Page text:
Industrial Engineer Engineering and Management Solutions at Work

April 2014    |    Volume: 46    |    Number: 4

The member magazine of the Institute of Industrial Engineers

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Emerging Technologies

Innovative tools of the trade

By Jessica Jeppsson

Moving to safety

In today’s fast-paced, high-demand work environment, many companies are employing various techniques and tools to improve operational efficiency and competitiveness. This column typically features products that accomplish those goals, but not always ones that take into account the most valuable resource a company has: its employees.

In addition to the demands to be efficient and cost-competitive, companies have a responsibility to provide a safe and healthy workplace. The fastest growing safety and health concern in the last two decades is ergonomics.

Material handling is a perfect example of an area that today remains an ergonomics nightmare for IEs. In warehouses and distribution centers, dilapidated manual push carts sometimes are the only available means for transporting materials. Although the job descriptions for these employees include lifting requirements, more often than not the moving of heavier products is left for the strongest of employees to struggle through, which can result in overexertion or back injury.

DJ Products’ CartCaddy5WP tug is just one of the many modern material handling devices that can eliminate injuries caused by manually pushing carts. Connecting to the swivel caster end of a cart, this bright yellow tug easily can push, pull or turn loads of materials up to 20,000 pounds.

The employee can move carts at safe speeds up to three miles per hour with the tug’s variable speed twist grip. This ergonomic control prevents carpal tunnel injuries and facilitates smoother maneuvering of the cart. Using three standard 12-volt batteries, the tug is good for 16 hours of ergonomic material handling and has a visible battery gauge to keep employees alert.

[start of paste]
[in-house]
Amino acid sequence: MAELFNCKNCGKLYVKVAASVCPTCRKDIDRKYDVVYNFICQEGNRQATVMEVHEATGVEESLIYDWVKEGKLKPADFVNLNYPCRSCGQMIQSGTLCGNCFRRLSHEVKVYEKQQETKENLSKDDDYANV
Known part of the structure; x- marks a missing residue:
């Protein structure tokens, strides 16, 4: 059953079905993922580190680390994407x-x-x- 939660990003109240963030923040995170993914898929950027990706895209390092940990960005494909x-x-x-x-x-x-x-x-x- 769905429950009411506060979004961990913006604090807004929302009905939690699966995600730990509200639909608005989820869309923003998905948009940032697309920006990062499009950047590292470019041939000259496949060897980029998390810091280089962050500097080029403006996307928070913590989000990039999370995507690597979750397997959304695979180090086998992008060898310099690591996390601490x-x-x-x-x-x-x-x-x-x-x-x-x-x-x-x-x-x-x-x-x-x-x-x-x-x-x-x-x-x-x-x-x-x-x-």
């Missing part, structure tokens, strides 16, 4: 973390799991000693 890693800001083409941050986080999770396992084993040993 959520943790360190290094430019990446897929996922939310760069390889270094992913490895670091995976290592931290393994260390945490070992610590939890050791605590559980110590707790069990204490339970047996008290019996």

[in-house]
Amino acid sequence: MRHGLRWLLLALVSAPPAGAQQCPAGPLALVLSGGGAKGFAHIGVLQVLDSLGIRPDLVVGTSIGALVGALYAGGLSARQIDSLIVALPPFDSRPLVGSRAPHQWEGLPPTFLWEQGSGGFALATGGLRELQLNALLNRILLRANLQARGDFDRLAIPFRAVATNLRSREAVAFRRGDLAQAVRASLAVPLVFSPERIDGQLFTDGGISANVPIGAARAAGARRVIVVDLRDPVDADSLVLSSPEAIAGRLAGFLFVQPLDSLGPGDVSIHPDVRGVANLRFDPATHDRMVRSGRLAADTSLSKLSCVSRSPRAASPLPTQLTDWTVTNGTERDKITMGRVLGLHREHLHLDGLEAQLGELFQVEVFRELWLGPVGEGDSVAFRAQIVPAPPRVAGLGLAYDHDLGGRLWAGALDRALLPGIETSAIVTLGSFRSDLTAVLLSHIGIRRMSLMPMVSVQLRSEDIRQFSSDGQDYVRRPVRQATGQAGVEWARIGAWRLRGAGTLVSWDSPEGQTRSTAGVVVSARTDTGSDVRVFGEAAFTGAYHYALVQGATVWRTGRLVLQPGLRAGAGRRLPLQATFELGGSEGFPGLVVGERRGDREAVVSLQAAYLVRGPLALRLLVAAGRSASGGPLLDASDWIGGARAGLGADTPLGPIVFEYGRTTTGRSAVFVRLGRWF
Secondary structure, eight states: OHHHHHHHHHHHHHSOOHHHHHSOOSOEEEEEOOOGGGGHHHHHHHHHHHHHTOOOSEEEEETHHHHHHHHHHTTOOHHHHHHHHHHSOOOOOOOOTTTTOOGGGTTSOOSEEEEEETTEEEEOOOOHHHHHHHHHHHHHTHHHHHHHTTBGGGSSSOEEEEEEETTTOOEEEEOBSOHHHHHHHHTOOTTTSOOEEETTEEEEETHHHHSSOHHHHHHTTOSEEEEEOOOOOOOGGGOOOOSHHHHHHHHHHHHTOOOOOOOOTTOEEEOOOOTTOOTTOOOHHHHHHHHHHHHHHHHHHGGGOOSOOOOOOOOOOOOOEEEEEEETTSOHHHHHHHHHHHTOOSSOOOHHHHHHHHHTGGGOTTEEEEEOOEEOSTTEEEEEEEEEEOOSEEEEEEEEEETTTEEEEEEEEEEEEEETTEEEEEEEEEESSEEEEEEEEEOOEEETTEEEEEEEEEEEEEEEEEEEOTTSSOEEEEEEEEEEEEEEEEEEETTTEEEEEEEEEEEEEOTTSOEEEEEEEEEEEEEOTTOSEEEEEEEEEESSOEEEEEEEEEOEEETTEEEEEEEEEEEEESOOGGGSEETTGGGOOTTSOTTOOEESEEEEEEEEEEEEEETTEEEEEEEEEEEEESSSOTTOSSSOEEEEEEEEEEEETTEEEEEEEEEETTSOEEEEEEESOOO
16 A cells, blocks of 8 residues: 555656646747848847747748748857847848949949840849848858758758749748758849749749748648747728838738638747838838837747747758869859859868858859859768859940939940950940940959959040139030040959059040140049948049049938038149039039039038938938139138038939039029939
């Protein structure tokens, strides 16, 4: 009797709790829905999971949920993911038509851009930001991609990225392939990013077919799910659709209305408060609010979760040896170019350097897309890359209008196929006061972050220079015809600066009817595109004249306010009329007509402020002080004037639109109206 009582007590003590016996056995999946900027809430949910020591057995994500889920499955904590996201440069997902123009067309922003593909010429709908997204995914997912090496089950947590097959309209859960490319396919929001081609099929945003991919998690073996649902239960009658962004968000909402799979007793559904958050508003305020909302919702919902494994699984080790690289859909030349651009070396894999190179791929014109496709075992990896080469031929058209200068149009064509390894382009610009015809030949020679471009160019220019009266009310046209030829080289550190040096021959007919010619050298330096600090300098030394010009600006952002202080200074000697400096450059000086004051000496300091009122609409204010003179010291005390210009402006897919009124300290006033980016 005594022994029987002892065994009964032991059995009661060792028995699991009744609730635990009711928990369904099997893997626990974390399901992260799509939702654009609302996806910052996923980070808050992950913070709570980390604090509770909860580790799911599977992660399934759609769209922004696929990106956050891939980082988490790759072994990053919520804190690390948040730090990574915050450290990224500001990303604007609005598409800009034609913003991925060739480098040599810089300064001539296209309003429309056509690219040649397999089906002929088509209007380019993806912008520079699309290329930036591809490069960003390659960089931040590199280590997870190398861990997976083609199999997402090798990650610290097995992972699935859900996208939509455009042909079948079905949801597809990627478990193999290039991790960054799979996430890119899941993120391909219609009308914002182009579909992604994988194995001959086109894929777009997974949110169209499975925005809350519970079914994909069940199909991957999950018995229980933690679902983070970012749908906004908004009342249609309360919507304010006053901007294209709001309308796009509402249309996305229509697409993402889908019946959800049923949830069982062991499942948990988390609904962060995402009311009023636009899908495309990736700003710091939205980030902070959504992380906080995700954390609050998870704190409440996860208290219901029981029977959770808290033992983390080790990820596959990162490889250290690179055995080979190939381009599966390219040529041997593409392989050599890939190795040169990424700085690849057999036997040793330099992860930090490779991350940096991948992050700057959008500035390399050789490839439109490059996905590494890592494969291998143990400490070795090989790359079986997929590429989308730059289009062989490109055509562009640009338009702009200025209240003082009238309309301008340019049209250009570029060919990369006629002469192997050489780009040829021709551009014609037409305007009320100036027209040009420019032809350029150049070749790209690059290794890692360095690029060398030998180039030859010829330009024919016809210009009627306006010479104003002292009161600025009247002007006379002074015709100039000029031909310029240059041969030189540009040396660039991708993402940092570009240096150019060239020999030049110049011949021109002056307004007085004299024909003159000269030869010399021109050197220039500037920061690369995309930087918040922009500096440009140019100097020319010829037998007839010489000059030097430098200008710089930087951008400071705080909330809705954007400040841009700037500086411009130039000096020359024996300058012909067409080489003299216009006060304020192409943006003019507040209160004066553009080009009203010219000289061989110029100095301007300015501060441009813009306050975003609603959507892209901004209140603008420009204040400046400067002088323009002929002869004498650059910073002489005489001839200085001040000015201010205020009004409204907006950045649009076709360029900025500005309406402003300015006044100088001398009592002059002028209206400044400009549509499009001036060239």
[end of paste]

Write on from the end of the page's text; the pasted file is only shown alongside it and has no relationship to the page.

The best and most necessary feature of the CartCaddy is its safety stop switch, positioned at the back of the Power Tug handle bar box. Engaging this switch immediately stops the machine.

Ergonomics is equally important off the shop floor. True, office employees are less likely to suffer from pain caused by heavy lifting, but they face a different set of ergonomic issues. Carpal tunnel syndrome (CTS) is the biggest culprit of ergonomic problems in people with desk jobs.

In addition, poorly designed office chairs can lead to back pain and problems, and the stress brought on by incorrect seating choices can cause pain in the neck, shoulders, arms and legs. Ergonomic office chairs can increase your employees comfort and safety.

Fastrack’s Screen Back-Mesh Seat FAS-317 takes full-body ergonomics into consideration. The adjustable lumbar support keeps perfect posture, while one-touch pneumatic controls raise and lower the seat to meet the height needs of virtually any user. With CTS in mind, Fastrack designed the chair with adjustable armrests to help with good wrist posture.

According to OSHA, ergonomic chairs like the ones offered by Fastrack have helped reduce absenteeism and increase productivity.

Jessica Jeppsson holds bachelor's degrees in industrial engineering and in operations and supply chain from North Carolina State University. She currently is employed as a solution engineer for a software company.